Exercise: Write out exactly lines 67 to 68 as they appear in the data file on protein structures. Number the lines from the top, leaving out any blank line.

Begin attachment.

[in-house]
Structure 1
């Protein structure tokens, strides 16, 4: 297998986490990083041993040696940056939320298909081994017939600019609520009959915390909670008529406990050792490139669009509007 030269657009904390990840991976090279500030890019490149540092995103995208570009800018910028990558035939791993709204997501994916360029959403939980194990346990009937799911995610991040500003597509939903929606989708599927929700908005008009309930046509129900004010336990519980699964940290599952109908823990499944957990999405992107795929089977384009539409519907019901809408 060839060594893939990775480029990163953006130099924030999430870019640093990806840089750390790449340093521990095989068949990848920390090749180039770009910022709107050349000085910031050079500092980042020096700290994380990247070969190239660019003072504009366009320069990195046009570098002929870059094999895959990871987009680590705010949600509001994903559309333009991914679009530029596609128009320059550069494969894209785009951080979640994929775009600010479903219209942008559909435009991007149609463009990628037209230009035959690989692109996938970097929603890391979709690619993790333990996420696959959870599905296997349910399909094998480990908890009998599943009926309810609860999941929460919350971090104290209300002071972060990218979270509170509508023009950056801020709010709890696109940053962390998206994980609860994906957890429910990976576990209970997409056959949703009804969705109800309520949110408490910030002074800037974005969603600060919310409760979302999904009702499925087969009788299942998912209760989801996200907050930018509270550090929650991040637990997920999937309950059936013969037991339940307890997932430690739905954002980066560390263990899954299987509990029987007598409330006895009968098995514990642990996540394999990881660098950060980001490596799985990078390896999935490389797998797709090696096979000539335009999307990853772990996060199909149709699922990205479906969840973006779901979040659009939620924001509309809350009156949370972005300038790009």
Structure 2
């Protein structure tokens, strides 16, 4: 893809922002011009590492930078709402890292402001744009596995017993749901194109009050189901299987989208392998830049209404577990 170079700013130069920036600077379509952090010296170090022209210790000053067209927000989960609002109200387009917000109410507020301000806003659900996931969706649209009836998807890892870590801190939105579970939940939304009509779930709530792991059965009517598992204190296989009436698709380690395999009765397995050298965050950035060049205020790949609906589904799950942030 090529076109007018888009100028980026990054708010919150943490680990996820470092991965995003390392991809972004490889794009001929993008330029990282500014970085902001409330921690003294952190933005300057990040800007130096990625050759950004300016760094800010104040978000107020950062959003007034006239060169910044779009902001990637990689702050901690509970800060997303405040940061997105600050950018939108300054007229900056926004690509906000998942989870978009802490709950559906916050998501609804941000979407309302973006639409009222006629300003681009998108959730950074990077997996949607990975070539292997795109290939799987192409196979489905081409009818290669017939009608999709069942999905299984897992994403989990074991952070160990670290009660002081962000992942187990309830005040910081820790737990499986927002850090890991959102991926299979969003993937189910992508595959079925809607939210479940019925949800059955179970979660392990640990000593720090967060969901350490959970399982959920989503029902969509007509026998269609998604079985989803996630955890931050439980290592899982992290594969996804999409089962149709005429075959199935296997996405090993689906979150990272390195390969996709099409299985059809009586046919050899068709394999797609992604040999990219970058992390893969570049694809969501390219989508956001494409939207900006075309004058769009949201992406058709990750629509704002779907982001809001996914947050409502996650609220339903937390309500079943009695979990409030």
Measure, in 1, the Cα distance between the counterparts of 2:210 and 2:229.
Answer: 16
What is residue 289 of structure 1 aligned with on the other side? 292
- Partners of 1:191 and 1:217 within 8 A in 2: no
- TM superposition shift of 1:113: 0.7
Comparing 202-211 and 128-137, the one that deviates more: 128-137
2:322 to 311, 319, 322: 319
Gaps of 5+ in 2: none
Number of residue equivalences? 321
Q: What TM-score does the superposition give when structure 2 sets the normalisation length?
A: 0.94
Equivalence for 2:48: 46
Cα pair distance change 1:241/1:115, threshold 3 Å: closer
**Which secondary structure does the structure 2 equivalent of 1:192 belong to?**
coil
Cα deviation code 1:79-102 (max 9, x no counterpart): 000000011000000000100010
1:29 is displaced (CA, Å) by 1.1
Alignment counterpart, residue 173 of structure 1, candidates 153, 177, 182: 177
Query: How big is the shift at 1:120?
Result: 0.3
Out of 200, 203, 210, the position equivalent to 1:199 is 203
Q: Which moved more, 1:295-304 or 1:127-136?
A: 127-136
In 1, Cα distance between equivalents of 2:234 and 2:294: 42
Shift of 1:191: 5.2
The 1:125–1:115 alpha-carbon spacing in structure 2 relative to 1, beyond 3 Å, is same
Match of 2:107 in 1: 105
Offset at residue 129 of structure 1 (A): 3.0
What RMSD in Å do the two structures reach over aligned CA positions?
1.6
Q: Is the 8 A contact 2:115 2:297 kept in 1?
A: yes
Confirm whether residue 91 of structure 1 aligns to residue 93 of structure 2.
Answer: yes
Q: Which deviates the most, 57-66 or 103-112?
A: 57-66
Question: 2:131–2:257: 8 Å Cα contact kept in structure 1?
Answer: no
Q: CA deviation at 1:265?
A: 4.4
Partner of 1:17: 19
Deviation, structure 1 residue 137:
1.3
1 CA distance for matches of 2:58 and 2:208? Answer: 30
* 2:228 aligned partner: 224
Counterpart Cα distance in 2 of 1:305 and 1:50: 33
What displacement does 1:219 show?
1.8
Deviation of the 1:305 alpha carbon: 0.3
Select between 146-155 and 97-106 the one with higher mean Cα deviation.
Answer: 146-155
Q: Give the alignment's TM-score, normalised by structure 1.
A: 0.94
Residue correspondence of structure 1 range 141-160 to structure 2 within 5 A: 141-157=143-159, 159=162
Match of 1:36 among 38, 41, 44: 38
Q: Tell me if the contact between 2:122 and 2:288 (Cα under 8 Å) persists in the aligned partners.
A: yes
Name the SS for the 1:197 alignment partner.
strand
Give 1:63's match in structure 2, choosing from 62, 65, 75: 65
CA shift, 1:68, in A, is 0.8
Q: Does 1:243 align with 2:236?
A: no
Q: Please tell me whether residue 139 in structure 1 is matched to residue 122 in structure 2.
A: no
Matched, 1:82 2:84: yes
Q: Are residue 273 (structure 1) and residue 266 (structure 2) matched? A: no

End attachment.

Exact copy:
Q: Does 1:243 align with 2:236?
A: no